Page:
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On Issues From Medicare to Medication, AARP's Money Will Be There

By Jeffrey H. Birnbaum
Tuesday, April 24, 2007

"Whatever it takes."

That's what William D. Novelli, AARP's soft-spoken chief executive, said his organization will spend this year on lobbying.

He was not kidding. Thanks to its many business ventures -- from insurance to mutual funds -- and the dues it collects from its 38 million members, AARP is the wealthiest advocacy organization on the planet. Its revenue last year was about $1 billion.

In an interview last week, Novelli said his group is "shooting for a big year" -- probably more than the $23 million it spent last year, but less than the $36 million it spent to defeat President Bush's Social Security proposal in 2005.

In other words, a ton.

AARP's stepped-up presence on Capitol Hill is bad news for its primary nemesis, the pharmaceutical industry, no slouch itself when it comes to big-bucks lobbying.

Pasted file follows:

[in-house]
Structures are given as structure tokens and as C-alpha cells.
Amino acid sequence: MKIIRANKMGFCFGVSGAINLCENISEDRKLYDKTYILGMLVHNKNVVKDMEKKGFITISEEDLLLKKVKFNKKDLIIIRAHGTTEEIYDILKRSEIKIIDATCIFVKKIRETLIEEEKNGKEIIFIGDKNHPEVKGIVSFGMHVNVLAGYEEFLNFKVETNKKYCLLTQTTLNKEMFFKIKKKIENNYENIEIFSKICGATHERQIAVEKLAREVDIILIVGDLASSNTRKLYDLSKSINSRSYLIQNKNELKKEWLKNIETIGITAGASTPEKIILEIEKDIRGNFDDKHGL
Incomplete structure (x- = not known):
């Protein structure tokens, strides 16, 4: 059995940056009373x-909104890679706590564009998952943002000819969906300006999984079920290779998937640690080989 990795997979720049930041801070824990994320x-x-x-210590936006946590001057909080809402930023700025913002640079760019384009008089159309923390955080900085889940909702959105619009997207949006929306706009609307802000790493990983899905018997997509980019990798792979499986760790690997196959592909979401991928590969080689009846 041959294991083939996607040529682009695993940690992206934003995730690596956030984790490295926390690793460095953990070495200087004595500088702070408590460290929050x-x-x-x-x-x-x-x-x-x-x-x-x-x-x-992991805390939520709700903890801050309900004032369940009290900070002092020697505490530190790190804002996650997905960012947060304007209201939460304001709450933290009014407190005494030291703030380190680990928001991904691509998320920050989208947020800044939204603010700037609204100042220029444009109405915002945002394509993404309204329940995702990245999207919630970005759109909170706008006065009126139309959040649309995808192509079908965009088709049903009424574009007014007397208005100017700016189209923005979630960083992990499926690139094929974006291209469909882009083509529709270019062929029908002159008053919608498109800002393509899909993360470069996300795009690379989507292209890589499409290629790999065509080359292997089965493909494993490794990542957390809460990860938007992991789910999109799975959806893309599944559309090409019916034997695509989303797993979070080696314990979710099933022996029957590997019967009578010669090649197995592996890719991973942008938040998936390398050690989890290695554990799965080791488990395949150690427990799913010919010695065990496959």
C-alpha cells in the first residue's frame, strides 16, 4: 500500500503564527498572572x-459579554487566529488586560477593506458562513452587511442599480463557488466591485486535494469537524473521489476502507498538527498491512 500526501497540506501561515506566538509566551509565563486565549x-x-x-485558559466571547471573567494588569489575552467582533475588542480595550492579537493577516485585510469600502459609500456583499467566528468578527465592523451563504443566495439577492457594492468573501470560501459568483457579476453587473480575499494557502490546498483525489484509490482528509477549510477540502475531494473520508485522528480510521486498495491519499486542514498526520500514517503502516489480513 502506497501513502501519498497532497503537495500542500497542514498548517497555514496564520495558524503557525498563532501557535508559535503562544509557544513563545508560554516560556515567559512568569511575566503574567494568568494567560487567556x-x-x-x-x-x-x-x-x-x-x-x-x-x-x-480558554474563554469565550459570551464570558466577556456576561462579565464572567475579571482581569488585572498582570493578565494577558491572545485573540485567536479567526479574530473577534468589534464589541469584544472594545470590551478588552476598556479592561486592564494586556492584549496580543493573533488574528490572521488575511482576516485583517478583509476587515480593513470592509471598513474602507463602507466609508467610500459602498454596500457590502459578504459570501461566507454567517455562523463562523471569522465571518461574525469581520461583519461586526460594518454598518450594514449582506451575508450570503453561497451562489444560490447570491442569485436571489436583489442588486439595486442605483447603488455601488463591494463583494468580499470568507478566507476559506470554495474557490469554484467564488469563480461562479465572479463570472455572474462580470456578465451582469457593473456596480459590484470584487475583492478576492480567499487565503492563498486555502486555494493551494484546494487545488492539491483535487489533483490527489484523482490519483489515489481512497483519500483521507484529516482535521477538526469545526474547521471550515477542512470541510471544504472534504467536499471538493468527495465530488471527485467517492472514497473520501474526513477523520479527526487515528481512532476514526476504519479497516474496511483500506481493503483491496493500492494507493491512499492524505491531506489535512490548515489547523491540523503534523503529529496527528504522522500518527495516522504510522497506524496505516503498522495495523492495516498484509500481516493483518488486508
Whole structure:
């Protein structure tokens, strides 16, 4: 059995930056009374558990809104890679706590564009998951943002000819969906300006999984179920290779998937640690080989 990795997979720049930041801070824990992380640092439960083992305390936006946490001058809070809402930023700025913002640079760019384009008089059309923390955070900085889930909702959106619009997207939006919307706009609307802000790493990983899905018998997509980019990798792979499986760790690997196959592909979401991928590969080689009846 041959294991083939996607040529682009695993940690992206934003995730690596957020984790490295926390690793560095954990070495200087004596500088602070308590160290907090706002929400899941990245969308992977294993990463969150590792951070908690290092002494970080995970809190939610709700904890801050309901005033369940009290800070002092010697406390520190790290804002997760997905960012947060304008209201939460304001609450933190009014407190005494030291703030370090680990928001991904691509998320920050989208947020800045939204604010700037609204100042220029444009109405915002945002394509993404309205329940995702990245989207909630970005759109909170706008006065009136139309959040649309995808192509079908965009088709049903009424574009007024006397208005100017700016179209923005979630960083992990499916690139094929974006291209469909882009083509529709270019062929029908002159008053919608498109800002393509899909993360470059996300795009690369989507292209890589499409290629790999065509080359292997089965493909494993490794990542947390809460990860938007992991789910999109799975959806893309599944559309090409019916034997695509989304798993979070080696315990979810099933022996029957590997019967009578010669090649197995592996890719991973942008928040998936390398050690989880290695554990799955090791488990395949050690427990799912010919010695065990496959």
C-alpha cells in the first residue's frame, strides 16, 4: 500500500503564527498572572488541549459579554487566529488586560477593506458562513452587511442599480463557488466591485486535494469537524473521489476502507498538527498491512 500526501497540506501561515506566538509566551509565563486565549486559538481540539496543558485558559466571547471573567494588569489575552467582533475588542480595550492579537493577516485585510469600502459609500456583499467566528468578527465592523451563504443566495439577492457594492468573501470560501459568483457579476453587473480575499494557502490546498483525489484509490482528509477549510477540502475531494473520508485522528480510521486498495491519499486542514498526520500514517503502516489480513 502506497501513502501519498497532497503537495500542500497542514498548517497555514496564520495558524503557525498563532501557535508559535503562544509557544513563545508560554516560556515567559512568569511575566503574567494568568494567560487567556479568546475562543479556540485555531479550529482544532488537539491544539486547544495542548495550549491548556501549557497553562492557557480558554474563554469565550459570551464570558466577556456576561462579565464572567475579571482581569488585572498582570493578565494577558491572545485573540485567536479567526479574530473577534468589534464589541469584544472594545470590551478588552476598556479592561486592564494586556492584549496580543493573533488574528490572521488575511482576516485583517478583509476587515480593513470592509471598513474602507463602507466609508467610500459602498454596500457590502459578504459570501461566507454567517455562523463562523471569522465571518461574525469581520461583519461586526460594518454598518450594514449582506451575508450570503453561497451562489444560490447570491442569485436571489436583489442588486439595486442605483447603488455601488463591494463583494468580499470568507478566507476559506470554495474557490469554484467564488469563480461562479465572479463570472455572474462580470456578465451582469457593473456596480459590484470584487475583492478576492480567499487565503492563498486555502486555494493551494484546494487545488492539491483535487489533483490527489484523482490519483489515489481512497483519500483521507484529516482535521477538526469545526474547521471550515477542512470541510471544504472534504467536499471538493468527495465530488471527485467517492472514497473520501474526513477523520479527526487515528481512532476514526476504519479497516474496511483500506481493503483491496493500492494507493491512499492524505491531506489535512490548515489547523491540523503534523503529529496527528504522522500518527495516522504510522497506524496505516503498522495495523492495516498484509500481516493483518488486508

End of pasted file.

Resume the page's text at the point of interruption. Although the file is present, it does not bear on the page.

AARP is at odds with drug companies at almost every turn. It favors giving the government negotiating authority to reduce the cost of prescriptions under Medicare; it wants to expand the market for generic pharmaceuticals, rather than higher-cost brand-name medications; and it wants more low-priced drugs to be imported from Canada.

Novelli is also preparing to unleash millions of dollars to support California Gov. Arnold Schwarzenegger's health-care overhaul, which would also reduce drug prices. The Republican governor's proposal, Novelli said, "could be the dynamite that breaks the national logjam."

The drug lobby is very unhappy about the high-octane competition. "After first supporting passage of the Medicare prescription drug bill, Mr. Novelli is trying to mend fences with the new Democratic majority in Congress, and he's doing it with a fistful of money," said Ken Johnson, spokesman for the Pharmaceutical Research and Manufacturers of America (PhRMA).

AARP shrugs off such criticism and is sharpening its lobbying tools. The group does not have a political action committee, but it has added staff members in all 50 states and is building a "grass tops" network of volunteers who know Congress members personally. (Think of these AARP members as the lawmakers' personal minders.) It has already identified grass toppers for a third of Congress.